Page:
Aleksandr M. Prochorov

Some Aspects of Quantum Electronics


Comment

Four years after he had received the Nobel Prize in Physics with NikolayBasov and Charles Townes for their fundamental contributions to the invention of the maser and the laser technology, Aleksandr Prokhorov was the first of this Prize-winning trio to lecture in Lindau. Charles Townes was also present at this meeting, but did not give a talk, Nikolay Basov appeared for the first time in Lindau eleven years later. The field of quantum electronics to which Prokhorov refers in the title of his talk, „started to exist at the end of 1954 - beginning of 1955“ with two independent publications by the future laureates from the USSR and the US, as Prokhorov had explained in his Nobel lecture: „Just by that time theoretical grounds had been created, and the first device, - a molecular oscillator - had been designed, and constructed“.[1]

Today, the term quantum electronics is merely a historical reminiscence. Respective research activities have been absorbed by other sub-disciplines of physics such as optoelectronics or solid-state physics. Until the 1970s, however, the term described a highly flourishing field in its own right. Its studies on the interactions between electrons and photons yielded amazing results. They were based on the introduction of first microwave and then light amplification by stimulated emission of radiation (maser and laser). Theoretically, Einstein had predicted the existence of stimulated emission already in 1916. Practically, however, the efforts of scientists like Basov, Townes and Prokhorov were required, who had been primarily interested in increasing the resolution of radio spectroscopy, and while following this objective succeeded in turning those predictions into reality.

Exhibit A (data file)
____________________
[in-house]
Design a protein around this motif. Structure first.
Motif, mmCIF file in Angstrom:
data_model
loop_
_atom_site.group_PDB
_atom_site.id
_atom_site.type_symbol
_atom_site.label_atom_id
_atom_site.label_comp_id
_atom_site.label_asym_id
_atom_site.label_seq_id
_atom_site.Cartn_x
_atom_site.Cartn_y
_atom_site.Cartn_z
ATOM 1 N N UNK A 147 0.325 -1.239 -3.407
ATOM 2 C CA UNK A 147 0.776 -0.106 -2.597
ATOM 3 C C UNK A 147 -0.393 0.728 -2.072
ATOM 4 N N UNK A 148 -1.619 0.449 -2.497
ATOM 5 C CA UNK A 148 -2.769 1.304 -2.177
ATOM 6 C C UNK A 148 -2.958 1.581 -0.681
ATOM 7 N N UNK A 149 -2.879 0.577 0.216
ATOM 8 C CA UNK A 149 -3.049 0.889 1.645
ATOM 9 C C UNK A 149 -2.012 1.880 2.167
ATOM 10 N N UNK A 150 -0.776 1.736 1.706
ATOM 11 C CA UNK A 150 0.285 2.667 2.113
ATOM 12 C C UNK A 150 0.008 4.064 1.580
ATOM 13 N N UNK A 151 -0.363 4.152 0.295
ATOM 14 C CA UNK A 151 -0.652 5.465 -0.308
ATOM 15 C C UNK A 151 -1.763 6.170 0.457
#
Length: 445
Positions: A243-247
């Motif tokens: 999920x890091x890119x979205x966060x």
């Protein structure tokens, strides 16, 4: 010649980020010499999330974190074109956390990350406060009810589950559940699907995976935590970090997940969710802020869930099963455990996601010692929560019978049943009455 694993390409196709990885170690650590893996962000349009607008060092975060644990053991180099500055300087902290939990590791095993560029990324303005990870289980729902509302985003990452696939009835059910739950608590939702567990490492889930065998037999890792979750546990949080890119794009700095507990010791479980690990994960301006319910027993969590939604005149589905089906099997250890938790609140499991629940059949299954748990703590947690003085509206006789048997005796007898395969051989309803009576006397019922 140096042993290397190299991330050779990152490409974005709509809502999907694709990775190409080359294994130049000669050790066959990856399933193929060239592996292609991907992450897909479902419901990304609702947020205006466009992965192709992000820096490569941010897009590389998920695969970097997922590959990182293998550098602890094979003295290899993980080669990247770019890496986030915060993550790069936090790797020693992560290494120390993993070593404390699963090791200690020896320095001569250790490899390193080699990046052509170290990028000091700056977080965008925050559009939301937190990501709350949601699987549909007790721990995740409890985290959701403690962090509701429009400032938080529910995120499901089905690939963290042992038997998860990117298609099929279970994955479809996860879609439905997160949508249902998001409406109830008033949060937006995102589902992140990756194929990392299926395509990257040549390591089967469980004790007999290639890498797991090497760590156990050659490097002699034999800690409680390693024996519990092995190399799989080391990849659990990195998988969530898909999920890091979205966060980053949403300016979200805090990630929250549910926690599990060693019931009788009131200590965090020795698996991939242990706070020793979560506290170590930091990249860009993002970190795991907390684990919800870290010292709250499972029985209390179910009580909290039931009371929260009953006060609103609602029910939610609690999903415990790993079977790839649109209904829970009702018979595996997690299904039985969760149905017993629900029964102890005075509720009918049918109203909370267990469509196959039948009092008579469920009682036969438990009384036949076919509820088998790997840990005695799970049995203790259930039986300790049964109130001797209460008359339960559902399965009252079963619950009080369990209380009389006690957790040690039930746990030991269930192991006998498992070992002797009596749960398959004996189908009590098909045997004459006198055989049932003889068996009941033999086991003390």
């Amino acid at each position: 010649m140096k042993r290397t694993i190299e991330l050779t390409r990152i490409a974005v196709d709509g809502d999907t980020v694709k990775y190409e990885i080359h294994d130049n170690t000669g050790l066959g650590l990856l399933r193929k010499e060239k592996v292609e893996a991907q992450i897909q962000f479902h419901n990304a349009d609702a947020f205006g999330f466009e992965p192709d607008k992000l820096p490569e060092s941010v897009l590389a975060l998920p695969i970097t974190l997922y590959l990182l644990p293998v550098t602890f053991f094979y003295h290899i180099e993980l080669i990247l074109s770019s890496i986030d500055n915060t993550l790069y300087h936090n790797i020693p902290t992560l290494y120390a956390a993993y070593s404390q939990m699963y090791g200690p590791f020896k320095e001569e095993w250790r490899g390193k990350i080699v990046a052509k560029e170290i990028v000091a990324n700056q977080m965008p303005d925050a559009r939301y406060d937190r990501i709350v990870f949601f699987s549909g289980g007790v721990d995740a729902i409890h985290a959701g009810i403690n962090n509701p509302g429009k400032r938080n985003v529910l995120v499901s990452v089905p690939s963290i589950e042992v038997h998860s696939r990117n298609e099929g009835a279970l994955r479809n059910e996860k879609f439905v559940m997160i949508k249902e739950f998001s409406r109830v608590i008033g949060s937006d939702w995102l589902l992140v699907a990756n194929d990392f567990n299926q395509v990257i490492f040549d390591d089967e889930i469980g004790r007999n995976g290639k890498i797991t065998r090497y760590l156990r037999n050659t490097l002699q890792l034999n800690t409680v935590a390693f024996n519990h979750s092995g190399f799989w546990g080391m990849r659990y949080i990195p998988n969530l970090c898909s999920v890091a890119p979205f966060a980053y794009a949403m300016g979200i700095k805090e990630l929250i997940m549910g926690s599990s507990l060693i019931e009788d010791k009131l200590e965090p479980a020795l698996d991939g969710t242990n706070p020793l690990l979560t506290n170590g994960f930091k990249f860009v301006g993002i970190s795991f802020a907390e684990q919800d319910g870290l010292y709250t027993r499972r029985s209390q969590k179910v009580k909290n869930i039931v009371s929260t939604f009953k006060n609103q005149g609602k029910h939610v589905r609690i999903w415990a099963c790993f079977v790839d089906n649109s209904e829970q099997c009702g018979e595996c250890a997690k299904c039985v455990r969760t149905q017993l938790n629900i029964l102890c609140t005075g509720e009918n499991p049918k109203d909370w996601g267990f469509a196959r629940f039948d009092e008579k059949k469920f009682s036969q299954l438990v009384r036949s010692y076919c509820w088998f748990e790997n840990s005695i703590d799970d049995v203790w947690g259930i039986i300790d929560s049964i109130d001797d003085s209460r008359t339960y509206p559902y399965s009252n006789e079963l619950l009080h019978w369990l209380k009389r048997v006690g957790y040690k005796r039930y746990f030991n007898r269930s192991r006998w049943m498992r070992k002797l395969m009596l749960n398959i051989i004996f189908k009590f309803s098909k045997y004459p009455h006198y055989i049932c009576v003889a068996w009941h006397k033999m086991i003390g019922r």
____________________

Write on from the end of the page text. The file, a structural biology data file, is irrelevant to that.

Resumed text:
Prokhorov begins this lecture by briefly touching upon the power intensity potentially associated with a laser beam. The field strength in the focus of a laser, he explains, may considerably exceed interatomic fields, so that “in the future we can succeed in producing electron-positron pairs in the focus of such an enormous power laser”. In the remaining time, Prokhorov exclusively focuses on just one aspect and amazing result of current quantum electronics, namely the phenomenon of the self-focusing of light and electromagnetic waves in general. Under normal conditions, a light beam is divergent. Its cross section grows with the distance from its source. Yet beyond a certain threshold of intensity a very powerful beam of light, such as a laser, increases the refractive index of the medium through which it propagates. Consequently, the light is focused by the medium it crosses – it generates its own collective lens while propagating. Gurgen Askaryan (1928-1997), Prokhorov’s colleague at the Lebedev Institute for Physics in Moscow, had discovered and first measured this process in 1962. Prokhorov discusses the implications of this non-linear effect of quantum electronics in much technical detail. You can hear him writing many equations onto the blackboard, which in this audio file naturally and unfortunately remain invisible. “A great contribution in solving self-focusing problems was made by Professor Townes who is here” Prokhorov praises his co-laureate. This was an honest appreciation and a clear sign of how science could transcend the divide of the Cold War. Basov, Prokhorov and Townes had first met at a conference in Cambridge in England in 1955. They soon established a friendship, which “endured much in the following years, as efforts began to secure recognition for the invention of the maser, and lasted up until the end of Prokhorov’s life”[2] in 2002.

Joachim Pietzsch

[1] http://www.nobelprize.org/nobel_prizes/physics/laureates/1964/prokhorov-lecture.pdf

[2] cf. Benjamin Johnson. Research Profile A.M. Prokhorov http://www.mediatheque.lindau-nobel.org/research-profile/laureate-prochorow


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